A hit man from the Midwest moves to Los Angeles and gets caught up in the city’s theatre arts scene.
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Ten years before Kirk, Spock, and the Enterprise there was Discovery. Star Trek, one of the most iconic and influential global television franchises, returns 50 years after it first premiered featuring a new ship, new characters and new missions, while embracing the same ideology and hope for the future that inspired a generation of dreamers and doers.
Two androids are tasked with raising human children on a mysterious virgin planet. As the burgeoning colony of humans threatens to be torn apart by religious differences, the androids learn that controlling the beliefs of humans is a treacherous and difficult task.
In the near future, Sophie tells her son the story of how she met his father: a story that catapults us back to the year 2021 where Sophie and her close-knit group of friends are in the midst of figuring out who they are, what they want out of life, and how to fall in love in the age of dating apps and limitless options.
Bored and unhappy as the Lord of Hell, Lucifer Morningstar abandoned his throne and retired to Los Angeles, where he has teamed up with LAPD detective Chloe Decker to take down criminals. But the longer he’s away from the underworld, the greater the threat that the worst of humanity could escape.
The series centers on 17-year-old Joshua “J” Cody, who moves in with his freewheeling relatives in their Southern California beach town after his mother dies of a heroin overdose. Headed by boot-tough matriarch Janine “Smurf” Cody and her right-hand Baz, who runs the business and calls the shots, the clan also consists of Pope, the oldest and most dangerous of the Cody boys; Craig, the tough and fearless middle son; and Deran, the troubled, suspicious “baby” of the family.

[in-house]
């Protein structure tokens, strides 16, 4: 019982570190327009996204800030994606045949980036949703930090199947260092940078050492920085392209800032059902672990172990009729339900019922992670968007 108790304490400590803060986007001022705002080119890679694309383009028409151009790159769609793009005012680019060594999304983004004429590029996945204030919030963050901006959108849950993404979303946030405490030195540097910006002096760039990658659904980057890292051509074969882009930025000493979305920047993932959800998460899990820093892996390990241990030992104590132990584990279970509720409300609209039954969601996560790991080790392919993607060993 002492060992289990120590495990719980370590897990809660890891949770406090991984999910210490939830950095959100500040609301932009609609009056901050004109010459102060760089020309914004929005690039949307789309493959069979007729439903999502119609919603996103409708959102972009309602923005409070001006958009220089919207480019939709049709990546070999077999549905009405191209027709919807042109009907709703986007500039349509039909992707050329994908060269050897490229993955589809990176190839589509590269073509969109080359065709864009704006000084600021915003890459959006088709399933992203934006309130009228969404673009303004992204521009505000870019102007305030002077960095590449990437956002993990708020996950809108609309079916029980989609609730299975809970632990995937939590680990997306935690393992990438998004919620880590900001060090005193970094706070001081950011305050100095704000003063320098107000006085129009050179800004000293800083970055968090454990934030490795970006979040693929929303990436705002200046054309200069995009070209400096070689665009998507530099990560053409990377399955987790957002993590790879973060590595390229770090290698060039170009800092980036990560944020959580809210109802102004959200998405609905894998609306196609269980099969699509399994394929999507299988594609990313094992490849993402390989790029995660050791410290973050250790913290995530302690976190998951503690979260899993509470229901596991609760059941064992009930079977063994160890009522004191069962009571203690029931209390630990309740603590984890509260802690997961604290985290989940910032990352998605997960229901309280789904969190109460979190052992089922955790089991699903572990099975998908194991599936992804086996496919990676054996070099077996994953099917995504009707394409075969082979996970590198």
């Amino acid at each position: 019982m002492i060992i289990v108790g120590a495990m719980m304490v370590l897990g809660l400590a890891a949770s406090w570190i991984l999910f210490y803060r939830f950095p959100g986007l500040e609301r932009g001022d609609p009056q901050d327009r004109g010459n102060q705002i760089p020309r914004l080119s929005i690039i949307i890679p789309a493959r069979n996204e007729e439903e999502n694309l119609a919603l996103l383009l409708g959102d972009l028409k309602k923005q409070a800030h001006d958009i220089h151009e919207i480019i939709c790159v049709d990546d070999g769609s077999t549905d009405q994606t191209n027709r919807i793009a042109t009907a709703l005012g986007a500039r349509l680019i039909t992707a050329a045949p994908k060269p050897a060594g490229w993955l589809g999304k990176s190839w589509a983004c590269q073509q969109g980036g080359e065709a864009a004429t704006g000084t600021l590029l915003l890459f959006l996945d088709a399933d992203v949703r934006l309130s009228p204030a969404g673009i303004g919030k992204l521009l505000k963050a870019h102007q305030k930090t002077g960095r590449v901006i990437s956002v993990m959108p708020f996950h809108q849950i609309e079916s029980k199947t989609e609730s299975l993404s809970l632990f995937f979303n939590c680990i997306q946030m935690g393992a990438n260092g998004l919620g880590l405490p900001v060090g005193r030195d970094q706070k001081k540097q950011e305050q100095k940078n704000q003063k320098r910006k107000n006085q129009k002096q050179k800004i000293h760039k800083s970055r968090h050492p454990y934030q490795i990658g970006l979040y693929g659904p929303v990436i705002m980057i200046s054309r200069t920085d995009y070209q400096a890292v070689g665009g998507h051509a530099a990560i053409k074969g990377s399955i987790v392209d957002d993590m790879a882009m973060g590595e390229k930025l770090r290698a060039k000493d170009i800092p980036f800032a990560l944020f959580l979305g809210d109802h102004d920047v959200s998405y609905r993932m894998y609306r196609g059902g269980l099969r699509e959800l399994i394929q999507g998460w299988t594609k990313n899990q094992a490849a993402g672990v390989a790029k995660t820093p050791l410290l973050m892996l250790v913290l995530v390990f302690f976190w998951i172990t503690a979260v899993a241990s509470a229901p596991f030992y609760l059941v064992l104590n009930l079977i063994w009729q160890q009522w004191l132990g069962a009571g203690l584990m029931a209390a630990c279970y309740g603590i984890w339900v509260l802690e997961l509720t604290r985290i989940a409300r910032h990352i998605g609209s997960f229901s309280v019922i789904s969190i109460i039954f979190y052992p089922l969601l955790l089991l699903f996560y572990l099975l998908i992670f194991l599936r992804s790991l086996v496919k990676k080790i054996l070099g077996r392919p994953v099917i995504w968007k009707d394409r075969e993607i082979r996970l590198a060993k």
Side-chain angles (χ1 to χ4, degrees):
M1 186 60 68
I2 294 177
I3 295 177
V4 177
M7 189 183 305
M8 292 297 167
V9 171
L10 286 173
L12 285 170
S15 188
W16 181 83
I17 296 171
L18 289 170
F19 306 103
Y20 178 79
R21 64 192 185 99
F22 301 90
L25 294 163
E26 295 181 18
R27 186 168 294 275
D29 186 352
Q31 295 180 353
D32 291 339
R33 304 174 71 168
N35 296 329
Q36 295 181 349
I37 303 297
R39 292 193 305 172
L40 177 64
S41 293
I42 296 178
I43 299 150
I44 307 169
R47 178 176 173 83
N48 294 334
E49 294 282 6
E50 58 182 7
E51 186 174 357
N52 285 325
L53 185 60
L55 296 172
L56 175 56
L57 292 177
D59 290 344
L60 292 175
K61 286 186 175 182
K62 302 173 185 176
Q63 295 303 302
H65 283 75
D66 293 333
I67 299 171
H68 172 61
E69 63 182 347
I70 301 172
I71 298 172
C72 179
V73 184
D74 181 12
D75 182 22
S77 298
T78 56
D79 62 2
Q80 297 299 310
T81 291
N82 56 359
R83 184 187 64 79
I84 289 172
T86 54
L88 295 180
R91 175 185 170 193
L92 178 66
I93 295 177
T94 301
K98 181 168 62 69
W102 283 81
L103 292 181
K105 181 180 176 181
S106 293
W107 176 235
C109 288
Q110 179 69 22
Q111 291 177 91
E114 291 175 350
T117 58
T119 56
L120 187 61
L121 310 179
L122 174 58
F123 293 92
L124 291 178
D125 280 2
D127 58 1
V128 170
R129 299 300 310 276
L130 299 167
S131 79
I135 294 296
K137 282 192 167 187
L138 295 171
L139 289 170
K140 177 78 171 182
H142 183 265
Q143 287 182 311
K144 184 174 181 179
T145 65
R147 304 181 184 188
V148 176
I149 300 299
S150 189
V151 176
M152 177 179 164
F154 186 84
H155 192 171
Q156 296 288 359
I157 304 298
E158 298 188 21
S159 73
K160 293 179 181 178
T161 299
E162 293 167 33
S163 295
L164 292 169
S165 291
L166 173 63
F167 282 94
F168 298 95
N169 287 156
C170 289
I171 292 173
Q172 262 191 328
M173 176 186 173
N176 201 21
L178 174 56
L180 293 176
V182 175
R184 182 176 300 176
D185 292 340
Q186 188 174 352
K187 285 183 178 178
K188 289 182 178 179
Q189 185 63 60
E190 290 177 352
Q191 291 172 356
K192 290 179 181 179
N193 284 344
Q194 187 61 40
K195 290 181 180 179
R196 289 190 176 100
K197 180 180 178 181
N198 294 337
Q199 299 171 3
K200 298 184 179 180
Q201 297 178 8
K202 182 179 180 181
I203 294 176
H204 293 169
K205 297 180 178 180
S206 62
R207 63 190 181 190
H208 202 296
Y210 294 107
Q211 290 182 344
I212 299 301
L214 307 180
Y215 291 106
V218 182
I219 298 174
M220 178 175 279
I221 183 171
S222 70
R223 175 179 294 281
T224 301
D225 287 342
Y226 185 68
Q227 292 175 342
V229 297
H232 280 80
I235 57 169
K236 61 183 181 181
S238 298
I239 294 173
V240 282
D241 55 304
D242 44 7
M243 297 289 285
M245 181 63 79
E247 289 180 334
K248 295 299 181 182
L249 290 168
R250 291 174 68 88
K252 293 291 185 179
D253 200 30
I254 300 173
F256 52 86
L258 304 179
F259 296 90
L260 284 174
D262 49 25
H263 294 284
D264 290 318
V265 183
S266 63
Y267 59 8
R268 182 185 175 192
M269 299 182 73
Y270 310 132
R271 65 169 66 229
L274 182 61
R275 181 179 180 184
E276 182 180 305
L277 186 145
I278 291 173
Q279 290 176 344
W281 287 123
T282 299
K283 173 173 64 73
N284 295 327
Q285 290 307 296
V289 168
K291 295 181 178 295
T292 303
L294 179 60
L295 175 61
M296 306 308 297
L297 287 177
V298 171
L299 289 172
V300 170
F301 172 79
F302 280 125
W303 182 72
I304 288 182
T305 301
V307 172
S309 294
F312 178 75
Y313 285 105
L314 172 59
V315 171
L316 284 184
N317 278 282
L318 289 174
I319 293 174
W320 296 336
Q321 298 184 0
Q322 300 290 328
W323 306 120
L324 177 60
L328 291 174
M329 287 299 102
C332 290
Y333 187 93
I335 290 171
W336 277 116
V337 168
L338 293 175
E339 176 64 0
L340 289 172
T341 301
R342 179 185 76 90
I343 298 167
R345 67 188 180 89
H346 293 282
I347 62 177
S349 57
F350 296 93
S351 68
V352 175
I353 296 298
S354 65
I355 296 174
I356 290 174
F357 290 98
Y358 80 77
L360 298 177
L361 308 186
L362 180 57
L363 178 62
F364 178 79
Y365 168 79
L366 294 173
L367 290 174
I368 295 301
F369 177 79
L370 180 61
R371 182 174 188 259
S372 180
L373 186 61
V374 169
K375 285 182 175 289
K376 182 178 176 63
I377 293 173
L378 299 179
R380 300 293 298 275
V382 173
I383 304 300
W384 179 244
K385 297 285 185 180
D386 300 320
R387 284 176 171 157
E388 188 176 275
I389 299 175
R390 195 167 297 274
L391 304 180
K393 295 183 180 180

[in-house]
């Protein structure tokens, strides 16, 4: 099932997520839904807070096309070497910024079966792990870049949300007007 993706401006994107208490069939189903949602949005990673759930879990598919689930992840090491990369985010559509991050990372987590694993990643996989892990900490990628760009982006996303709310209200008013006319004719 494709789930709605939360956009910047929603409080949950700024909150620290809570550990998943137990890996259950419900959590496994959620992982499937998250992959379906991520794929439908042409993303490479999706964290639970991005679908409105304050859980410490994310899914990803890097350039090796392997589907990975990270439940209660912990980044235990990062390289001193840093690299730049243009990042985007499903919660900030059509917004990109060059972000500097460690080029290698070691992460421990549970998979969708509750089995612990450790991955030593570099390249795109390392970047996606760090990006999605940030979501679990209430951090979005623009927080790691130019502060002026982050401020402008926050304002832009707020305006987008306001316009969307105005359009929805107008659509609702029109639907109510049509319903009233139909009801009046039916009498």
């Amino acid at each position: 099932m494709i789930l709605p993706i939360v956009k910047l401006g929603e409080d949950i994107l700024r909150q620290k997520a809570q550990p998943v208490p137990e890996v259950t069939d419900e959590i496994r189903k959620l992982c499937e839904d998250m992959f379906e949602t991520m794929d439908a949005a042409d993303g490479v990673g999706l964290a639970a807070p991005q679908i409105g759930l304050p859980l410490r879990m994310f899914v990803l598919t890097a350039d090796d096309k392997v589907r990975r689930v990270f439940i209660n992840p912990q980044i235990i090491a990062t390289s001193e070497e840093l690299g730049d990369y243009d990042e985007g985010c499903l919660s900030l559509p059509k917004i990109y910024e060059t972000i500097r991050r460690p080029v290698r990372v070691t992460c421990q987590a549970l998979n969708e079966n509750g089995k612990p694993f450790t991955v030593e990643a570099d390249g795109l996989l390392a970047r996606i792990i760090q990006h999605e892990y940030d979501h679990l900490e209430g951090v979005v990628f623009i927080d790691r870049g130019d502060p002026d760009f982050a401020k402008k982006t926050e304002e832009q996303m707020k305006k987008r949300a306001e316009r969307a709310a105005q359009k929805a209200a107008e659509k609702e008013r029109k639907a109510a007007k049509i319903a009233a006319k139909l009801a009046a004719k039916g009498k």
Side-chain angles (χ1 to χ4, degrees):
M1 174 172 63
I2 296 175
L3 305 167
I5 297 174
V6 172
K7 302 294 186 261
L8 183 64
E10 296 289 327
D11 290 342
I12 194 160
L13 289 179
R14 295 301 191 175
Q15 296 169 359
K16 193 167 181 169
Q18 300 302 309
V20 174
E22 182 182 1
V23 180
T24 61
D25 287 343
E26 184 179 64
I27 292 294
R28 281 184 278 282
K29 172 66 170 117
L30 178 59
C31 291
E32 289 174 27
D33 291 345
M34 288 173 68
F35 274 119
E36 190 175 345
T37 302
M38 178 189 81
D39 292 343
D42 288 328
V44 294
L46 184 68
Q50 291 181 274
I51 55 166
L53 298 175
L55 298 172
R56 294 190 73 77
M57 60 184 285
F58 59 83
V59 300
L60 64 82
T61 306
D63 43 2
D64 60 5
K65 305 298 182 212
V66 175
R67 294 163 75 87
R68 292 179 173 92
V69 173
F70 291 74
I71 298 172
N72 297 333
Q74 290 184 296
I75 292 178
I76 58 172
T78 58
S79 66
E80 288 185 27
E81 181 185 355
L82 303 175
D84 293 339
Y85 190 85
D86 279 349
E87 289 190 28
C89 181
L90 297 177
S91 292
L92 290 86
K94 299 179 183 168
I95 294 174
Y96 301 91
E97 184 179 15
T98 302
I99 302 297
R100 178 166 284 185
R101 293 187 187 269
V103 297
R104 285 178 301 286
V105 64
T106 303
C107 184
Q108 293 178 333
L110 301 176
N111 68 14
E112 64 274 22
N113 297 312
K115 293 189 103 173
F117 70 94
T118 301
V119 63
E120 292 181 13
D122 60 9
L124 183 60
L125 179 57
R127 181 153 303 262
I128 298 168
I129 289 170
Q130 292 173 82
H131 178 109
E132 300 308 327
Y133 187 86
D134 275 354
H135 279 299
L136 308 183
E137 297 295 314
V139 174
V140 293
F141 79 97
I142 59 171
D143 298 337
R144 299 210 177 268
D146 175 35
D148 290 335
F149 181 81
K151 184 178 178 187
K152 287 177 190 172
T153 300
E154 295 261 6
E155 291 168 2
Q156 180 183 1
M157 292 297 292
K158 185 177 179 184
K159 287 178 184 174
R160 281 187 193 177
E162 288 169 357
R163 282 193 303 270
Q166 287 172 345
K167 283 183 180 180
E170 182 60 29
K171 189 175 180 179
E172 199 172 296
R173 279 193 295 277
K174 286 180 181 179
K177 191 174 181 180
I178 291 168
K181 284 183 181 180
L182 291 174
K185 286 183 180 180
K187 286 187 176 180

One Day at a Time is an American situation comedy that aired on the CBS network from December 16, 1975, until May 28, 1984. It starred Bonnie Franklin as Ann Romano, a divorced mother who moves to Indianapolis with her two teenage daughters Julie and Barbara Cooper with Dwayne Schneider as their building superintendent.
The show was created by Whitney Blake and Allan Manings, a husband-and-wife writing duo who were both actors in the 1950s and 1960s. The show was based on Whitney Blake’s own life as a single mother, raising her child, future actress Meredith Baxter. The show was developed by Norman Lear and was produced by T.A.T. Communications Company, Allwhit, Inc., and later Embassy Television.
Like many shows developed by Lear, One Day at a Time was more of a comedy-drama, using its half-hour to tackle serious issues in life and relationships, particularly those related to second wave feminism. The earlier seasons in particular featured several multi-part episodes, serious topics, and dramatic moments. As in other Lear shows of the era, the show was shot on videotape in front of a live audience, giving it a sense of immediacy, and close-ups were often employed during dramatic scenes. As the social climate changed in the 1980s, the show’s writing became less edgy, and as the girls became adults, the innovation of the original premise — a divorced mother raising teenage children — was lost. The show’s nine years give it the second-longest tenure of any Lear-developed sitcom under its original name, after The Jeffersons.
Jeff, aka Mr. Pickles, is an icon of children’s TV. But when his family begins to implode, Jeff finds no fairy tale or fable or puppet will guide him through this crisis, which advances faster than his means to cope. The result: a kind man in a cruel world faces a slow leak of sanity as hilarious as it is heartbreaking.